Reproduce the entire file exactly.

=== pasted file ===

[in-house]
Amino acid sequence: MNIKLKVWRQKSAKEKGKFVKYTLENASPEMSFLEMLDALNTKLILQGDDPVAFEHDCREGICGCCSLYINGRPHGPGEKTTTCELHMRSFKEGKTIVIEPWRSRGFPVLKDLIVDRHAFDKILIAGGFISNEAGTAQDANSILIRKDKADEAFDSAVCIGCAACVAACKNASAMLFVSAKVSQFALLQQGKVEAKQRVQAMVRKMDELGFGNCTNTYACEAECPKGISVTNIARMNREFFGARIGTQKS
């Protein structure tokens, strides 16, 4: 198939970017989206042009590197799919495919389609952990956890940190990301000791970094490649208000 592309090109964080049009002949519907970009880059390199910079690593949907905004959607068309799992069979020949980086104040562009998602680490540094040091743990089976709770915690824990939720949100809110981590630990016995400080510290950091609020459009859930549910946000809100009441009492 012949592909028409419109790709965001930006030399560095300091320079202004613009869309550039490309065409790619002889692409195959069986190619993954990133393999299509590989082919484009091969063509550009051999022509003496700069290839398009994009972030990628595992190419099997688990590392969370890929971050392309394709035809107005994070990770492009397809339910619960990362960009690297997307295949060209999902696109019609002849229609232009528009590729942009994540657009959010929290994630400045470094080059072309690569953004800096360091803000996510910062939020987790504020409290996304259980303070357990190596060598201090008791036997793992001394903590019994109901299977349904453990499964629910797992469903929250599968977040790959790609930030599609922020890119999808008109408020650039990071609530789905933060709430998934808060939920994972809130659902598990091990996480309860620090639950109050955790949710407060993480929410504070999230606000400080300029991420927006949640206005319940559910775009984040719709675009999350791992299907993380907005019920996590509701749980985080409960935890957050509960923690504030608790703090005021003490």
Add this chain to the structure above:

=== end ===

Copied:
[in-house]
Amino acid sequence: MNIKLKVWRQKSAKEKGKFVKYTLENASPEMSFLEMLDALNTKLILQGDDPVAFEHDCREGICGCCSLYINGRPHGPGEKTTTCELHMRSFKEGKTIVIEPWRSRGFPVLKDLIVDRHAFDKILIAGGFISNEAGTAQDANSILIRKDKADEAFDSAVCIGCAACVAACKNASAMLFVSAKVSQFALLQQGKVEAKQRVQAMVRKMDELGFGNCTNTYACEAECPKGISVTNIARMNREFFGARIGTQKS
């Protein structure tokens, strides 16, 4: 198939970017989206042009590197799919495919389609952990956890940190990301000791970094490649208000 592309090109964080049009002949519907970009880059390199910079690593949907905004959607068309799992069979020949980086104040562009998602680490540094040091743990089976709770915690824990939720949100809110981590630990016995400080510290950091609020459009859930549910946000809100009441009492 012949592909028409419109790709965001930006030399560095300091320079202004613009869309550039490309065409790619002889692409195959069986190619993954990133393999299509590989082919484009091969063509550009051999022509003496700069290839398009994009972030990628595992190419099997688990590392969370890929971050392309394709035809107005994070990770492009397809339910619960990362960009690297997307295949060209999902696109019609002849229609232009528009590729942009994540657009959010929290994630400045470094080059072309690569953004800096360091803000996510910062939020987790504020409290996304259980303070357990190596060598201090008791036997793992001394903590019994109901299977349904453990499964629910797992469903929250599968977040790959790609930030599609922020890119999808008109408020650039990071609530789905933060709430998934808060939920994972809130659902598990091990996480309860620090639950109050955790949710407060993480929410504070999230606000400080300029991420927006949640206005319940559910775009984040719709675009999350791992299907993380907005019920996590509701749980985080409960935890957050509960923690504030608790703090005021003490």
Add this chain to the structure above: